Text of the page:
Tumblelog by Soup.io
Newer posts are loading.
You are at the newest post.
Click here to check if anything new just came in.

December 15 2010

12:15

November 12 2010

15:00

Hacking data all night long: A NYC iteration of the hackathon model

In the main room of the Eyebeam Art and Technology Center’s massive 15,000-square foot office and lab space in the Chelsea neighborhood of Manhattan, more than sixty developers, designers, and journalists pore over their computer screens. A jumble of empty coffee cups and marked up scraps of butcher paper litter the tabletops while networks of power cords fan out underneath.

The event is The Great Urban Hack, a two-day overnight hackathon, organized by the meetup group Hacks/Hackers, that took place over an intense 30-hour stretch this past weekend. Starting early Saturday morning journalists and developers came together to “design, report on, code and create projects to help New Yorkers get the information they need while strengthening a sense of community.”

The eleven teams that participated in the event worked on a varied set of projects that ranged in scope from collaborative neighborhood mapping to live action urban gaming.

Rearranging and visualizing data

The team that worked on the project “Who’s My Landlord?,” based off of Elizabeth Dwoskin’s article of the same name in the Village Voice last Wednesday, concerned itself with the task of helping residents determine who owns a given piece of property. Dwoskin’s article points out that for many of the most derelict buildings in the city this link is obfuscated, a huge barrier for city agencies in their task of regulation to protect tenants. The team built a tool that draws from three databases: two from the city to pull the names of building owners, and one state database to look up the address of the owner when there is an intermediate company.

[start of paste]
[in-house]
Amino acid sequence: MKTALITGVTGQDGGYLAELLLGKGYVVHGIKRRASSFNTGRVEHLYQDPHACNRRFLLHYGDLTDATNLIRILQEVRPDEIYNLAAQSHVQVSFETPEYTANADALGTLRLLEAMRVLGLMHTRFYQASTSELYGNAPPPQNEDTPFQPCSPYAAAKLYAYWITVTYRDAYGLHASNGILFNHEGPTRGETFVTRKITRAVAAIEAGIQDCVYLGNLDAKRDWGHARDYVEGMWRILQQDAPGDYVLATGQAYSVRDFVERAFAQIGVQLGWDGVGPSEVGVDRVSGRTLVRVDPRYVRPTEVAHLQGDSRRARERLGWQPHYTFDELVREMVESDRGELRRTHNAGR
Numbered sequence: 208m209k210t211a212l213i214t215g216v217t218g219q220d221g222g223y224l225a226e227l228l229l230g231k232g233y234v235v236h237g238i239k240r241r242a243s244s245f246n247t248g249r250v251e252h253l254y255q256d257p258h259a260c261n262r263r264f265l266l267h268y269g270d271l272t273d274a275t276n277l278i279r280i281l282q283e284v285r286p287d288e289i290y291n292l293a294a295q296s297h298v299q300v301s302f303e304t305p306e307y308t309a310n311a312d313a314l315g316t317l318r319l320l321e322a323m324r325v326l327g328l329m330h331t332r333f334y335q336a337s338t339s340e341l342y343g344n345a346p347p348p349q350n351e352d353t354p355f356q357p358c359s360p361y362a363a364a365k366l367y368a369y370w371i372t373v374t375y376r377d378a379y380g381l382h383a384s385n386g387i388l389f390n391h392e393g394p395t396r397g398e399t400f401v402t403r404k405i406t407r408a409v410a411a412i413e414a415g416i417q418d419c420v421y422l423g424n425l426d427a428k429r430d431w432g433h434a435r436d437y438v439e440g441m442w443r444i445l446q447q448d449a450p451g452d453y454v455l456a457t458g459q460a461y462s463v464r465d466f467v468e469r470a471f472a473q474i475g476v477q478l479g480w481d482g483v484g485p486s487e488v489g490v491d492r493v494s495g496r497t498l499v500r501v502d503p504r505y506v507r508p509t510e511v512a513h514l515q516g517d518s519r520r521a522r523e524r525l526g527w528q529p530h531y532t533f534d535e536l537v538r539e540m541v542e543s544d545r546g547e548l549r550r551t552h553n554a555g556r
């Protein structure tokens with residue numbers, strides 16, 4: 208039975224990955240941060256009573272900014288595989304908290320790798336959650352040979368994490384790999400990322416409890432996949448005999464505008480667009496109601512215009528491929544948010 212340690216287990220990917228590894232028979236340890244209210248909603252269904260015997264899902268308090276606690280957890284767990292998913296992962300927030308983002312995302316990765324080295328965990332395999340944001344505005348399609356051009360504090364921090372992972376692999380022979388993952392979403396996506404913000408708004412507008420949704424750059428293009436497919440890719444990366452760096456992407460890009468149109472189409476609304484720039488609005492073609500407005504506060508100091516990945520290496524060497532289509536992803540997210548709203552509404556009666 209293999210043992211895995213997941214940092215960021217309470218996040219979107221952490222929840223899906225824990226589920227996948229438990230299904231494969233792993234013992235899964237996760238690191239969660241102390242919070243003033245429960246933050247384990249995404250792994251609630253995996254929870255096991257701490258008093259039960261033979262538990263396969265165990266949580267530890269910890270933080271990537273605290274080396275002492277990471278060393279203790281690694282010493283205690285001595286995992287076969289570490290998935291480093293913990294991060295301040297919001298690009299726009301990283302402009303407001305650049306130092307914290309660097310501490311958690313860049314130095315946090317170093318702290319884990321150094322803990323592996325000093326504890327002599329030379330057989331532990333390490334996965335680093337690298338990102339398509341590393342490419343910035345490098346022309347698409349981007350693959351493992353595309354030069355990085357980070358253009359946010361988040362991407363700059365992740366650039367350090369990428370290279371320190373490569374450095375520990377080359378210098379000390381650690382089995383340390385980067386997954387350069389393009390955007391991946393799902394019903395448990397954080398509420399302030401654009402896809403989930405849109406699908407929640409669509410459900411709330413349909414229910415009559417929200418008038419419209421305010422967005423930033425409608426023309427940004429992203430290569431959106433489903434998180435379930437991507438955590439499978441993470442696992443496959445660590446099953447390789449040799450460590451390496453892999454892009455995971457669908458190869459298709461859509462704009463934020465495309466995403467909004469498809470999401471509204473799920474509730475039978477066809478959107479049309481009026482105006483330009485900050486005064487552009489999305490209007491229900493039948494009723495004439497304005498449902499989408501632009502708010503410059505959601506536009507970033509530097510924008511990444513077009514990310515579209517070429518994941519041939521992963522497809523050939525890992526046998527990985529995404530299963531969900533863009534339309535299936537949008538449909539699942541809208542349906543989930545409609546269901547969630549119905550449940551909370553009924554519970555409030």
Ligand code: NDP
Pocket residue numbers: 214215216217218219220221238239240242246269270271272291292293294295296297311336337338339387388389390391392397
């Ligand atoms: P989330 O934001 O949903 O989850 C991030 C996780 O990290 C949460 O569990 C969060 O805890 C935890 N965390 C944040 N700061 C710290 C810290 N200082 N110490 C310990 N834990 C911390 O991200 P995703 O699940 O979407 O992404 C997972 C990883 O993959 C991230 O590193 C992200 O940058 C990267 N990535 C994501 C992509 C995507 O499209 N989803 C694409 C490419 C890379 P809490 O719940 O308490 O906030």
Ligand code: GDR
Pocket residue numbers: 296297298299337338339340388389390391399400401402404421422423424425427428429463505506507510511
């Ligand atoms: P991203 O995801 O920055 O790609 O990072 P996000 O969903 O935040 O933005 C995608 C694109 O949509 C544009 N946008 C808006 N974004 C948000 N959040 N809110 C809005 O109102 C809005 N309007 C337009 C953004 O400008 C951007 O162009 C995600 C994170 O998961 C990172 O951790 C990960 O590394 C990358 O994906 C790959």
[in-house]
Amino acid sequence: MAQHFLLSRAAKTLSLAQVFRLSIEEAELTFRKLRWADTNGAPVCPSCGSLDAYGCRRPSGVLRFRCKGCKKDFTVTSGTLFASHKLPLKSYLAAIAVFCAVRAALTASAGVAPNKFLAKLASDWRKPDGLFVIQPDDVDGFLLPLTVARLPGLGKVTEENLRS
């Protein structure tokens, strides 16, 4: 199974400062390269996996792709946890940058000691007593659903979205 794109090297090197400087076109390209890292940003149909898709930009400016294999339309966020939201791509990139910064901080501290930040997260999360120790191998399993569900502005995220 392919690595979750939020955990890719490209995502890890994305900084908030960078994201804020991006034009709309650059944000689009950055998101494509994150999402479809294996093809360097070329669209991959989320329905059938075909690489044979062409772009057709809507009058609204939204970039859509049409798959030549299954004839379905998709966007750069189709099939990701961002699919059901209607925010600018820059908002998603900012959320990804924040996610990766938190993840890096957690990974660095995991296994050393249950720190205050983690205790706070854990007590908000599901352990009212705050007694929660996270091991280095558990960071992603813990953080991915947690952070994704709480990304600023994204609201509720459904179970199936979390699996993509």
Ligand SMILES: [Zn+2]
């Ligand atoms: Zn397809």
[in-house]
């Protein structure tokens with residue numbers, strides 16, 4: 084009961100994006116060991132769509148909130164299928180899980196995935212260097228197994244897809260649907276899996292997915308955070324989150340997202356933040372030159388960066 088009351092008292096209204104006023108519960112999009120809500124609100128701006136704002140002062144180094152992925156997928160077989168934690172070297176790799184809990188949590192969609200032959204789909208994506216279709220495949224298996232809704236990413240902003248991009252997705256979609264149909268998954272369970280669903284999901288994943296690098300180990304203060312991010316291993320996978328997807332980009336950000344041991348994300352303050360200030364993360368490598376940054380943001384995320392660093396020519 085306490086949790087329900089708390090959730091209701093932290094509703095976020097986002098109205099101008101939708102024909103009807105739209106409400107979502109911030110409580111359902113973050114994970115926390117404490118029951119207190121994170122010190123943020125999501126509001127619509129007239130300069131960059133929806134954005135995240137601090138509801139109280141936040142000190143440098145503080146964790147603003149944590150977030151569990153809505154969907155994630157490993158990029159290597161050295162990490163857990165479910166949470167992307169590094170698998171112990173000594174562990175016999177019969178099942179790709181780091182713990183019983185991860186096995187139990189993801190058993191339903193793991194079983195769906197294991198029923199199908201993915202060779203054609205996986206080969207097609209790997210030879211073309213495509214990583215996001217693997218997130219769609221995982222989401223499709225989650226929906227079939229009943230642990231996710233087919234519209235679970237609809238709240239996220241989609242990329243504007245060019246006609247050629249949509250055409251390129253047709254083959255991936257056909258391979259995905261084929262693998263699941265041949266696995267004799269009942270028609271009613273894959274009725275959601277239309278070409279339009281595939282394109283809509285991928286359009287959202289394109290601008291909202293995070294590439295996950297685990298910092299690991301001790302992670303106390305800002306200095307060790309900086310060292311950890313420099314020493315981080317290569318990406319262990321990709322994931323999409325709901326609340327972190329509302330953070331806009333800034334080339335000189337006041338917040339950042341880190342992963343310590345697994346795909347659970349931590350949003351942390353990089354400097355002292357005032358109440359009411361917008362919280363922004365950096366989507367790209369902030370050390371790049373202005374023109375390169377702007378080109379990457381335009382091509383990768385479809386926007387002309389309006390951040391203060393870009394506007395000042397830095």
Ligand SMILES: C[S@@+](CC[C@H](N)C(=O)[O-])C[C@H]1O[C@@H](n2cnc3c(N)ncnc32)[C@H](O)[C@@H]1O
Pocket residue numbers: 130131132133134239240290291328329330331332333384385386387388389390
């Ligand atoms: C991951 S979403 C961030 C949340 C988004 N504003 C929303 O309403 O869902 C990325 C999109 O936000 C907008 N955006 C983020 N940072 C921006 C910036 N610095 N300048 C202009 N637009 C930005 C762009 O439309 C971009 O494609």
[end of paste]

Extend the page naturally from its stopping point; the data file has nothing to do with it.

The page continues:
Several groups worked on visualizations of some form of city data. The “Drawing Conclusions” team created a “Roach Map” using the raw data set of restaurant inspection results from the NYC Data Mine. The group wrote a script that scans the data line-by-line and counts each violation by zip code. They then analyze the data, taking into account variation in the number of inspections across zip codes, and plot it on a map of the city which auto-generates every week.

How hackathons work is simple: They define goals and create artificial constraints (like time) to catalyze the process of innovation. The closest journalistic equivalent might be the collaborative rush of a good newsroom working a big breaking story. But is this really the best environment to incubate projects of a journalistic nature? What are the different circumstances that foster the healthiest practices of innovation? And what is the best way to set expectations for an event like this?

The hackathon model

Hackathons like this are a growing trend. A lot can be said for bringing these groups together and into a space outside of their normal work environment. What’s maybe most fascinating to me is the opportunity for cultural interplay as these two groups find themselves more and more immersed in each other’s creative work. As John Keefe, one of the hosts of the event and a senior producer at WNYC, says: “It’s not really journalistic culture to come together and build stuff like this.”

Chrys Wu, a co-organizer of Hacks/Hackers and both a journalist and developer, talked about the group’s different philosophy’s of sharing information: “Your traditional reporter has lots of lots of notes, especially if they’re a beat reporter. There’s also their rolodex or contacts database, which is extremely valuable and you wouldn’t want to necessarily share that. But there are pieces of things that you do that you can then reuse or mine on your own…at the same time technologists are putting up libraries of stuff, they say: ‘I’m not going to give you the secret sauce but I’m definitely going to give you the pieces of the sandwich.’”

Lots of questions remain: what is the best way to define the focus or scope for an event like this? Should they be organized around particular issues and crises? And what’s the best starting point for a journalistic project? Is it with a problem, a data set, a question, or as in the case of the landlord project: the research of a journalist? For all of the excitement around hackathons, this seems like just the beginning.

Photo by Jennifer 8. Lee used under a Creative Commons license.

Sponsored post
soup-sponsored
04:52

October 29 2010

14:55

Mapnik: The Coolest Mapping Software You've Never Heard Of